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What Is Karma Yoga The Art Of Living

Yoga is believed to be as old as the Universe. The history of Yoga dates back long ago when people started being curious and trying to understand what life is all about. One cornerstone query as regards life and yoga is: What is karma yoga the art of living?

Several people have an assumption that Yoga is the supreme state of realization; the ultimate goal of human life. It is claimed to be both the Path and the Goal. The Goal is the realization of the innate nature of the universe or what others deem as the highest being. It is through the experiences of life in the world of matter and senses that a person’s soul returns to what we call the universe; hence, it is called the universal soul. This journey is the Path to the Goal.

Yoga is an ancient Sanskrit word which embraces the entire body of spiritual experiences and experiments. This word is often defined as union as it signifies that an individual is united with the Universe. The root of the word is the Sanskrit Bija “Yuj” which means “to join together.”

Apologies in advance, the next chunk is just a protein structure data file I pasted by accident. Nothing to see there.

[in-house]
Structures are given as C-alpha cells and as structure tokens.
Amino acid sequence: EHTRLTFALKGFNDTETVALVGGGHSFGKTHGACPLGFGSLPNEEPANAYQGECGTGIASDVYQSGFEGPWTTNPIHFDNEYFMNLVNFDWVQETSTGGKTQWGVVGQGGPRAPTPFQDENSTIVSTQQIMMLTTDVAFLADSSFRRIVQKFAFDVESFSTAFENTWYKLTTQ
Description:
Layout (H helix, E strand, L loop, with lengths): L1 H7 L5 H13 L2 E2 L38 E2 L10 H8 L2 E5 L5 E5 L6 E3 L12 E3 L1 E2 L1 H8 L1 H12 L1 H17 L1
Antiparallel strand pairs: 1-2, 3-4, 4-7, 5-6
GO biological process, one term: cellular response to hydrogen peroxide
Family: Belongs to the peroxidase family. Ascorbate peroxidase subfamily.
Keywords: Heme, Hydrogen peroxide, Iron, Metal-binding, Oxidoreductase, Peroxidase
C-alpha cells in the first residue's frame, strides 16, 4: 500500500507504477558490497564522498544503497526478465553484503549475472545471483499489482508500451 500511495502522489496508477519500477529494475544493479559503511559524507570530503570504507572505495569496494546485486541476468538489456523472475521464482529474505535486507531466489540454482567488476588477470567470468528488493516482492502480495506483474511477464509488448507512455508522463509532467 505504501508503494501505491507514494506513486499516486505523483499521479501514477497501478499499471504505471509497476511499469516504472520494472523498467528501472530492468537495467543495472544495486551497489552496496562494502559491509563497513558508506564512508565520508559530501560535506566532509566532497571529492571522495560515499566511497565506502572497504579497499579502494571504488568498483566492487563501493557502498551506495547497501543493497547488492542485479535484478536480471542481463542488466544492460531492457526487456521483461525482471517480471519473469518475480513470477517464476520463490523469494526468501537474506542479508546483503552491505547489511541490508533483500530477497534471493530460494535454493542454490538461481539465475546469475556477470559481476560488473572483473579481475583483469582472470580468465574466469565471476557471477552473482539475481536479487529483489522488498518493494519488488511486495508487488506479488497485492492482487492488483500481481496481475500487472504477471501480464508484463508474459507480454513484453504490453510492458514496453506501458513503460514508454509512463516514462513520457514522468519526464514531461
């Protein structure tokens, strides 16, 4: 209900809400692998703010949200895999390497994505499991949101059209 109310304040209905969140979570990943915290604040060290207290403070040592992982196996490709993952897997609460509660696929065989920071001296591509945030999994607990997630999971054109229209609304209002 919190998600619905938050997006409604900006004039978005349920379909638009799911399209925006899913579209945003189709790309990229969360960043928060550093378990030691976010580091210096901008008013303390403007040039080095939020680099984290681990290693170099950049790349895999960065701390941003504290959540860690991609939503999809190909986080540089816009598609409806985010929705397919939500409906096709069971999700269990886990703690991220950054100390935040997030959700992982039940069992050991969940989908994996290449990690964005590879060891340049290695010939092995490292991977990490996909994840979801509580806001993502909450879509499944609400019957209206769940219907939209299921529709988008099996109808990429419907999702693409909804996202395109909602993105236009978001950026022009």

In today’s age, Yoga is viewed as the union of an individual’s mind, body, and soul. It unites our lower egos with our higher selves in order to reach the Universe or what is alleged as the Highest Being.

Yoga has progressed in various directions and dimensions following diverse periods of innovation, practice, and development.

What is karma yoga the art of living?

The word karma originated from the Sanskrit root kri which means doing, affairs, or activity, including all actions a person performs whether they are of body, speech, or mind.

According to the Britannica Encyclopedia, karma is derived from the Sanskrit word karman which means to act. In Indian religion and philosophy, karma is the universal and fundamental law by which good or bad actions determine the future modes of a person’s existence.

The Merriam-Webster Dictionary defines karma as the force generated by a person’s actions to perpetuate transmigration and in its ethical consequences to determine the nature of the person’s next existence, as held in Hinduism and Buddhism.

Traditionally, Yoga has four classical schools or main paths which are Raja Yoga, Bhakti Yoga, Jnana Yoga, and Karma Yoga. Raja Yoga focuses on meditation and energetics making it the yoga of mind and body control. Bhakti Yoga focuses on a person’s path of devotion and worship to the Divine or Highest Being. Jnana Yoga encourages and motivates an individual to the path of wisdom. On the other hand, Karma Yoga is the yoga of action.